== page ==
Saguaro By Brenda Hillman

Often visitors there, saddened   
by lack of trees, go out   
to a promontory.

Then, backed by the banded   
sunset, the trail   
of the Conquistadores,

the father puts on the camera,   
the leather albatross,   
and has the children

imitate saguaros. One
at a time they stand there smiling,   
fingers up like the tines of a fork

while the stately saguaro   
goes on being entered
by wrens, diseases, and sunlight.

The mother sits on a rock,   
arms folded
across her breasts. To her

the cactus looks scared,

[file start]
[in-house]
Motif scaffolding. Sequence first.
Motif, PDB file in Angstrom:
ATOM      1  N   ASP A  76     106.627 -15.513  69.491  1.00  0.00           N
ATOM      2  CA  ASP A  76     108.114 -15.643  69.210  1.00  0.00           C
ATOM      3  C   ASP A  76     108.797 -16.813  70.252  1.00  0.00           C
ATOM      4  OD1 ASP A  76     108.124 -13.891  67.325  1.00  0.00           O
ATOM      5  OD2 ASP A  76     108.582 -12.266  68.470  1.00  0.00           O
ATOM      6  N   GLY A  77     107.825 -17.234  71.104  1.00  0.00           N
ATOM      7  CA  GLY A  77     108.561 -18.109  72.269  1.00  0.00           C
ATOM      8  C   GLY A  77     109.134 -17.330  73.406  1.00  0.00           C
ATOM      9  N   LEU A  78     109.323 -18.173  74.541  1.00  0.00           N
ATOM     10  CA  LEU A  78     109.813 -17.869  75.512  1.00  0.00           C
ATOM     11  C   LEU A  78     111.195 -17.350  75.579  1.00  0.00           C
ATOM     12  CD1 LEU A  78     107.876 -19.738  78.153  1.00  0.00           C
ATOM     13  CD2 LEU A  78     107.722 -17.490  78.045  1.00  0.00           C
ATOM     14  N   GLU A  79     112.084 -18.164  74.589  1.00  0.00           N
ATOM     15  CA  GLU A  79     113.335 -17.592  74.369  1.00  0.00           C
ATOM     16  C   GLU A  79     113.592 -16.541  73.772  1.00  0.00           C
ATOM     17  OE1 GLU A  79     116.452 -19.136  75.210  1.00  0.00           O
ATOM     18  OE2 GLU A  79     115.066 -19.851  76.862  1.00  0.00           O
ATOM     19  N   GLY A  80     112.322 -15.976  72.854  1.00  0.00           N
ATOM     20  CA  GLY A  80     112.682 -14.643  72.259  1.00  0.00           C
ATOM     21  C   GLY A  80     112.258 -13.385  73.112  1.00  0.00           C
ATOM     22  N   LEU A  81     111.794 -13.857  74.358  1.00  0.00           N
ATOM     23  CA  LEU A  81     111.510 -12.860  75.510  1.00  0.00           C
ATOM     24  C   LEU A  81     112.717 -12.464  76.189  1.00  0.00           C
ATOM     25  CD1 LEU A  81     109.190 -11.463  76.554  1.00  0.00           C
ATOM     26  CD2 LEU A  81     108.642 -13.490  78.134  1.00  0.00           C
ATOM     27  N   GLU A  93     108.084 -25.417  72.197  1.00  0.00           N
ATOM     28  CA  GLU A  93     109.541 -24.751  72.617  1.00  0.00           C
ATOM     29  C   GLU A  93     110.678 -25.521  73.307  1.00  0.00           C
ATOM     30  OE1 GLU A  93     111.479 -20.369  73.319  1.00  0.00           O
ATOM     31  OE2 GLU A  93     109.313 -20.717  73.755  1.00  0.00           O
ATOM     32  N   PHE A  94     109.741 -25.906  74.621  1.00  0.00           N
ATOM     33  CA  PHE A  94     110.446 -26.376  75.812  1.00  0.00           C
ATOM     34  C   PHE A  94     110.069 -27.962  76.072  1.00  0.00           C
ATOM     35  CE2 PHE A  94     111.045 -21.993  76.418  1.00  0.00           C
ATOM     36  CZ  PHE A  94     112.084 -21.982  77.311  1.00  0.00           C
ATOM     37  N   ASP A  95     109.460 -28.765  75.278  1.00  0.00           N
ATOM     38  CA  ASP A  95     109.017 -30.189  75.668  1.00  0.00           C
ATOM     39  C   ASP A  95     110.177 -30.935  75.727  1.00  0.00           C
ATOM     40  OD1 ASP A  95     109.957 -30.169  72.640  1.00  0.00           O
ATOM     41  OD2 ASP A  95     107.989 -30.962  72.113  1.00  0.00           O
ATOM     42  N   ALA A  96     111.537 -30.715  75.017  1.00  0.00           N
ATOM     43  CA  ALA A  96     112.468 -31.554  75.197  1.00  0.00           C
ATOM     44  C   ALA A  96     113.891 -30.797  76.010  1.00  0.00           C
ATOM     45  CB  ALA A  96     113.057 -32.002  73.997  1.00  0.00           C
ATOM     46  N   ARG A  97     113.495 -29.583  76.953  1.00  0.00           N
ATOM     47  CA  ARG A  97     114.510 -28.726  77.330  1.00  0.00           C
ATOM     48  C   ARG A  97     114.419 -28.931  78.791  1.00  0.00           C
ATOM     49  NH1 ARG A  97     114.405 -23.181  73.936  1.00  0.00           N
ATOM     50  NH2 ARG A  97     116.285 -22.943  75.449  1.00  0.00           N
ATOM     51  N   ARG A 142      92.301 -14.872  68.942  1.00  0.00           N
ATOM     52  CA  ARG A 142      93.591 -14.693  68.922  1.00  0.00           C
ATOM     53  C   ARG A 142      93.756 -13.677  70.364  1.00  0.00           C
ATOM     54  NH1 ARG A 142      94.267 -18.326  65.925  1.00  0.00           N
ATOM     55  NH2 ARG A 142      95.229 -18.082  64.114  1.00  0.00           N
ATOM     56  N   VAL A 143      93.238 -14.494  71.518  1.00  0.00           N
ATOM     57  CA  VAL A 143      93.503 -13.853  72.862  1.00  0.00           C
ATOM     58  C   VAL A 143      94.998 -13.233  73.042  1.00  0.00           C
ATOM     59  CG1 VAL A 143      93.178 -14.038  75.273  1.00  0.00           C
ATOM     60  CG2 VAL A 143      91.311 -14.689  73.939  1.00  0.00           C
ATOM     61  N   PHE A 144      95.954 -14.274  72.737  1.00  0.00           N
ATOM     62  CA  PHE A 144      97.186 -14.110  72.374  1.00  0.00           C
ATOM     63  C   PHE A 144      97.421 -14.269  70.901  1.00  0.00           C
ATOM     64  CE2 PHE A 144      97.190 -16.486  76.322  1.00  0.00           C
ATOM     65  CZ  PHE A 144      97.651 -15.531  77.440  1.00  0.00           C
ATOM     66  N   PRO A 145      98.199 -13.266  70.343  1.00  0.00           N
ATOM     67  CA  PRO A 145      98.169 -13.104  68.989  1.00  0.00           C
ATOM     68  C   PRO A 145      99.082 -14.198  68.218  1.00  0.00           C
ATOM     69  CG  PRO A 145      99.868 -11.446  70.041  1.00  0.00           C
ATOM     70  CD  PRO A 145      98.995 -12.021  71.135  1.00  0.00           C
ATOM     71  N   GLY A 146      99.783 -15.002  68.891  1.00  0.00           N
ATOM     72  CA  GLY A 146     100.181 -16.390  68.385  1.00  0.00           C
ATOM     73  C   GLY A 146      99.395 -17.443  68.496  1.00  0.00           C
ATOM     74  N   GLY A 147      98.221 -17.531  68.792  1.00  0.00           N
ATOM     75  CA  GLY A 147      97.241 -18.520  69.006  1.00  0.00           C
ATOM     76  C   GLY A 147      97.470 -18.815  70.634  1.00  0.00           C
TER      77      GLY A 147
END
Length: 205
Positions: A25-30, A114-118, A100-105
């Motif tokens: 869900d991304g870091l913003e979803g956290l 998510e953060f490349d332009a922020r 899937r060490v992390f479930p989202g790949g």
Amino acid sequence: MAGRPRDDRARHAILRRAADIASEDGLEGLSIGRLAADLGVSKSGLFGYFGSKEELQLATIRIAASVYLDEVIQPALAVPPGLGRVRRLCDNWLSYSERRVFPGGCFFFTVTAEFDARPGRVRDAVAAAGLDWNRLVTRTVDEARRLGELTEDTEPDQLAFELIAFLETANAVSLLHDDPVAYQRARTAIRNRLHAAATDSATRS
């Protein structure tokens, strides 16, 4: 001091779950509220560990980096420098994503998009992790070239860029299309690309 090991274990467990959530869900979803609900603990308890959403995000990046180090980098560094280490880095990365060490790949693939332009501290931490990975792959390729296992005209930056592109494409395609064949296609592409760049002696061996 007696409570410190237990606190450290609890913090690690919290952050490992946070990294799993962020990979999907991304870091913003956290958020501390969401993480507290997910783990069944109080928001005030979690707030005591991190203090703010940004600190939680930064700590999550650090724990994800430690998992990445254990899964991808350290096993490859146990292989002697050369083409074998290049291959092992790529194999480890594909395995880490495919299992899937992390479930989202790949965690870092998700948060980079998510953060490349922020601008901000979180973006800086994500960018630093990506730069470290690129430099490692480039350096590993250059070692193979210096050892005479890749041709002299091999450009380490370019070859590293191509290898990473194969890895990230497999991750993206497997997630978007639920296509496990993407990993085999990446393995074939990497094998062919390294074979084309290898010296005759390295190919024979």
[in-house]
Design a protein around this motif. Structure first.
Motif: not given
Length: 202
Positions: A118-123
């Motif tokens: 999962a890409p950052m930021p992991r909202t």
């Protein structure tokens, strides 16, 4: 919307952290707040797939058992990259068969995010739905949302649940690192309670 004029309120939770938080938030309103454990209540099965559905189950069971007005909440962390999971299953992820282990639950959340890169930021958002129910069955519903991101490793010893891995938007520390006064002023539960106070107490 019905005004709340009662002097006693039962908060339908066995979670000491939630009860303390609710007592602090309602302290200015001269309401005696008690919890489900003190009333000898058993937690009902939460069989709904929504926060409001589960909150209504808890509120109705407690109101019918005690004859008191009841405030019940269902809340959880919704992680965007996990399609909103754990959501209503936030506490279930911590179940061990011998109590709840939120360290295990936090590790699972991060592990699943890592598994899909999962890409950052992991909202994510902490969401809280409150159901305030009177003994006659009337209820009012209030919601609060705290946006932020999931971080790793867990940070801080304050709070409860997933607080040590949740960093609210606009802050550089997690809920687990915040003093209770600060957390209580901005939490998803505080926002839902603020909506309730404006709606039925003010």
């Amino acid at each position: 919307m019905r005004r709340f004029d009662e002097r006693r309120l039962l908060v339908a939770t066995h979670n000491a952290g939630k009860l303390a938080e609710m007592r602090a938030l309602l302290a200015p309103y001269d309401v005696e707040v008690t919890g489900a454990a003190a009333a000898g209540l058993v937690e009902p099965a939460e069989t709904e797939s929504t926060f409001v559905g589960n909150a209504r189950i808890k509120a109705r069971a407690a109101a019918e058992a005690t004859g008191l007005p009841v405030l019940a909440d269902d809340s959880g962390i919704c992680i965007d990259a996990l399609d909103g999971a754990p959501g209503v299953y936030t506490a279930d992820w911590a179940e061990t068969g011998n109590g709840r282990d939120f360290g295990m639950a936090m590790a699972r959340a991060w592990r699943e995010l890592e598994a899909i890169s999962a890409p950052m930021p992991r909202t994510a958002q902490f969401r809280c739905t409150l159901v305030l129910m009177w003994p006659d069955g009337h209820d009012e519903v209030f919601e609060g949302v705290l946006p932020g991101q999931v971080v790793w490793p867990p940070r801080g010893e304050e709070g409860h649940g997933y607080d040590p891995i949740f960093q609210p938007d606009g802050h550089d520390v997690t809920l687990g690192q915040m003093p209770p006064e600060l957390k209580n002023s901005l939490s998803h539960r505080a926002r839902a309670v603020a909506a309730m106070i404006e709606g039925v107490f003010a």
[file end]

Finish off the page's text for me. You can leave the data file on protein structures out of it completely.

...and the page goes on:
its needles
like hair in cartoons.

With its arms in preacher   
or waltz position,   
it gives the impression

of great effort
in every direction,   
like the mother.

Thousands of these gray-green   
cacti cross the valley:   
nature repeating itself,

children repeating nature,   
father repeating children   
and mother watching.

Later, the children think   
the cactus was moral,
had something to teach them,

some survival technique   
or just regular beauty.
But what else could it do?

The only protection   
against death
was to love solitude.


Brenda Hillman, “Saguaro” from Fortress. Copyright © 1989 by Brenda Hillman. Reprinted with the permission of Wesleyan University Press.

Source: Fortress (Wesleyan University Press, 1989)

Poet Bio